Last night I just finished re-reading a favorite book of mine: Forever Flying, by the legendary Bob Hoover.
Here's a guy who has definitely "been there and done that" in regards to aviation, and he's met practically everyone who was anyone along the way, from Orville Wright, to Charles Lindbergh to the astronauts who walked on the moon. And he's flown just about every aircraft type imaginable, starting out as a pre-WW2 civilian pilot, then getting into the Army Air Corps during the war, where he spent much of his time as a military test pilot for newly-delivered aircraft before he finally managed to wangle a transfer to a fighter unit. Shot down by the Germans, Bob was a prisoner for a while, until, in the last days before the fall of Germany, he escaped from the POW camp where he was being held, snuck onto a German airfield, stole a fighter plane, and flew it back to freedom.
For most pilots, that'd be enough, but Bob Hoover was just getting started. He stayed in the service and wound up as a test pilot at Wright Patterson Air Force Base, where he evaluated new aircraft types and captured German stuff. There, he made the acquaintance of Chuck Yeager and the two became life-long friends. Hoover might well have been the first pilot to break the sound barrier in the X-1, but after a unauthorized stunt with one of the Air Force's new P-80 jets, he was taken out of final consideration for the role of chief X-1 pilot and Chuck Yeager got it instead. (Hoover flew the chase plane and was slotted as back-up pilot.)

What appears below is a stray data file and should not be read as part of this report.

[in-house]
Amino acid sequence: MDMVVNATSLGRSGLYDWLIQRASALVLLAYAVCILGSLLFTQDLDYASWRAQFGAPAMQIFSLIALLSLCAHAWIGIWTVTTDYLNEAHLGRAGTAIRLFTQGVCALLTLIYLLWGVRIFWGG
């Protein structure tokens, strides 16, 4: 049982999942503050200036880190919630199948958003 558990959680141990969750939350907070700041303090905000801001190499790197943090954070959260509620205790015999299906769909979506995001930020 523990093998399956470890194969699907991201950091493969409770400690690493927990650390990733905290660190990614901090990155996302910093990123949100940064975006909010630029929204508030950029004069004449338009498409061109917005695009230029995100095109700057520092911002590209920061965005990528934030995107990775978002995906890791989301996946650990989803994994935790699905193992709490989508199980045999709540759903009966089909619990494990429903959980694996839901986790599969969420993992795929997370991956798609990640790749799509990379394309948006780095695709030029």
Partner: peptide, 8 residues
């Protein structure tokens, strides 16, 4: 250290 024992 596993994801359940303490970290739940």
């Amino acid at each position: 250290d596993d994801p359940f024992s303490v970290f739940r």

Over the rest of his career, Hoover went from Air Force test pilot, to test pilot for North American aviation during the beginning of the jet age. He flew the F-86 and the then-new F-100, crashing a couple of the letter before that aircraft's quirks were ironed out. He also flew exhibition flights in over 2,000 airshows around the world. Often described by other pilots and one of the greatest pilots in the world, Bob's book is chock full of the kind of stories that exemplify "The right stuff" that he and a few others had back in the day. If you like flying stories or aviation history, this book is a must have for you.